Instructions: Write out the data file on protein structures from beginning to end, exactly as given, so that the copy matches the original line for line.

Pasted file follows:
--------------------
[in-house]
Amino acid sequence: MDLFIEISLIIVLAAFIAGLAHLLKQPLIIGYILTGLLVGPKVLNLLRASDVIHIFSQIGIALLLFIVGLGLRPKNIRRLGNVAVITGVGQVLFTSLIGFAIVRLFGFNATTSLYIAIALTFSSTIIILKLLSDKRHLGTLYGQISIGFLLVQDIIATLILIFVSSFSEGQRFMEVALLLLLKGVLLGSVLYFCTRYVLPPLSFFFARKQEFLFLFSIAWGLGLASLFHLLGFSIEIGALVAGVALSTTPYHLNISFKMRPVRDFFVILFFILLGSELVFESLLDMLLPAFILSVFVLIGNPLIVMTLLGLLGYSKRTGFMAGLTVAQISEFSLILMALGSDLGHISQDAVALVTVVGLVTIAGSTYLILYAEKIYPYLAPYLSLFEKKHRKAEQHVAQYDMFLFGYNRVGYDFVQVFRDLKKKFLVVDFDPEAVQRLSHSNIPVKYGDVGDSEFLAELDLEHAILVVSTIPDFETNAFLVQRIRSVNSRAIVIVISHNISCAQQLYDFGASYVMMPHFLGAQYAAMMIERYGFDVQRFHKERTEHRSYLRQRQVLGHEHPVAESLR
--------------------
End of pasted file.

[in-house]
Amino acid sequence: MDLFIEISLIIVLAAFIAGLAHLLKQPLIIGYILTGLLVGPKVLNLLRASDVIHIFSQIGIALLLFIVGLGLRPKNIRRLGNVAVITGVGQVLFTSLIGFAIVRLFGFNATTSLYIAIALTFSSTIIILKLLSDKRHLGTLYGQISIGFLLVQDIIATLILIFVSSFSEGQRFMEVALLLLLKGVLLGSVLYFCTRYVLPPLSFFFARKQEFLFLFSIAWGLGLASLFHLLGFSIEIGALVAGVALSTTPYHLNISFKMRPVRDFFVILFFILLGSELVFESLLDMLLPAFILSVFVLIGNPLIVMTLLGLLGYSKRTGFMAGLTVAQISEFSLILMALGSDLGHISQDAVALVTVVGLVTIAGSTYLILYAEKIYPYLAPYLSLFEKKHRKAEQHVAQYDMFLFGYNRVGYDFVQVFRDLKKKFLVVDFDPEAVQRLSHSNIPVKYGDVGDSEFLAELDLEHAILVVSTIPDFETNAFLVQRIRSVNSRAIVIVISHNISCAQQLYDFGASYVMMPHFLGAQYAAMMIERYGFDVQRFHKERTEHRSYLRQRQVLGHEHPVAESLR